The sale of Bengaluru to the Mysore rulers traces its roots back to 1686 when Aurangzeb conquered the Bijapur dynasty .Noted for his intolerant and aggressive attitude, the Mughal emperor was in a fit to establish supremacy in the South. His only remaining nemesis in the Deccan was the Maratha king. And Bengaluru was an important stop in this quest for dominance.
While the Mughals and the Marathas tussled for power, one man was instrumental in arresting the expansion of the latter.This relatively lesser known Mysore king -in the quest for his own political and administrative independence -supported the right people at the right time and ensured his favours were returned.
Chikka Devaraja Wadiyar (also spelt Wodeyar), the 14th ruler of the Mysore dynasty , was the man who rewrote Bengaluru’s destiny . He was known for his friendship with Aurangzeb, which helped Mysore become a tributary state (one with no administrative curbs or interference by the hegemon) under the Mughal rule. At the same time, he earned Maratha admiration by defeating Shivaji (the founder of Maratha rule) in a cavalry battle. So, before the Mughal invasion in 1687, when Bengaluru was under the control of Shivaji’s half-brother Ekoji, Wadiyar could easily strike a deal.
B Muddacharia writes in the book `The Mysore Mughal Relations (1686-87)’ that Ekoji had established Tanjore as his capital. The Marathas were financially weak and could not afford to be burdened by frequent incursions on the Bengaluru province by local rulers. So Ekoji “decided to dispose of Bangalore“ to the highest bidder. The Maratha king opened negotiations with Wadiyar and agreed to transfer the city for three lakh rupees.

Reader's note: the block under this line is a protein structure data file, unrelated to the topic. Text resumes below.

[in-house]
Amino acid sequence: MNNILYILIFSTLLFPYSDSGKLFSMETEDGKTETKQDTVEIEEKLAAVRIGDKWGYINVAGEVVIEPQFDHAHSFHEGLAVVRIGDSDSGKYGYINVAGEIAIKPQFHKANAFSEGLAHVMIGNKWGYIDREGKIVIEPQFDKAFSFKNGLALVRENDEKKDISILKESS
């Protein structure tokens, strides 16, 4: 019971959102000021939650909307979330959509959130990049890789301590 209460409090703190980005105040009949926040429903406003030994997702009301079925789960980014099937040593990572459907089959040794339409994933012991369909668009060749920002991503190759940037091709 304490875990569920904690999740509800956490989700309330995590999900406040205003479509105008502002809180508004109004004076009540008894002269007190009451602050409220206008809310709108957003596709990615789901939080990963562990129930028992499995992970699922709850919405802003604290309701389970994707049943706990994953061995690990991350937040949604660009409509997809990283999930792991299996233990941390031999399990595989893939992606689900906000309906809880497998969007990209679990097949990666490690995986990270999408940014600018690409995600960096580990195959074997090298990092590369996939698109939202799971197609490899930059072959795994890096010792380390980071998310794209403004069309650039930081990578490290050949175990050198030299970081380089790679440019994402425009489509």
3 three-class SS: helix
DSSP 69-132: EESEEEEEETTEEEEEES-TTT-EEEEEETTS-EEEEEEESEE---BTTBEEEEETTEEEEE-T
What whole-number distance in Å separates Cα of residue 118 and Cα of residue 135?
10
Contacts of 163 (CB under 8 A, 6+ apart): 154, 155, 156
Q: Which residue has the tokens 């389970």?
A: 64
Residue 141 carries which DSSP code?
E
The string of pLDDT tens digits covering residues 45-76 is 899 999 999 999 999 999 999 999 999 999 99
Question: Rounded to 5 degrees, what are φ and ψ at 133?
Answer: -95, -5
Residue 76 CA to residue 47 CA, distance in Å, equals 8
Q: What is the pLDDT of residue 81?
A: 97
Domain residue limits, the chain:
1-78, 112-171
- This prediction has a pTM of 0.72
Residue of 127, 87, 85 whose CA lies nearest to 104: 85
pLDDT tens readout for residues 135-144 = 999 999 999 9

“While the transaction was in progress, the Mughal army under Khasim Khan came, occupied the city, and hoisted the imperial flag on its rampart on July 10, 1687,“ Muddacharia writes. When the Marathas tried to retaliate, Chikka Devaraja Wadiyar “stood before the walls of Bangalore“ and fought for the Mughals.
The Mysore maharaja hoped that this would help him earn the favours of Aurangzeb. To his good fortune, the deal that he negoti ated with the Marathas was sealed by the Mughals. This July marks the 330th year of Bengaluru’s sale. “People remember Kempe Gowda but often forget the achievements of Chikka Devaraja Wadiyar, who earned the title of Apratima Vira for his valour and shrewdness in dealing with both the Marathas and the Mughals,“ said Mansoor Ali, founder, Bengaluru By Foot.
“He was also responsible establishing the postal system and the Attara Kacheri in the city and built the Kote Venkataramana Temple in Chamarajpet.“ The transaction especially made Wadiyar extremely powerful. The city became the point of communication for the Mughals in the South and laid the foundation of the rule of the empire here.
This Article was first Published at Economics Times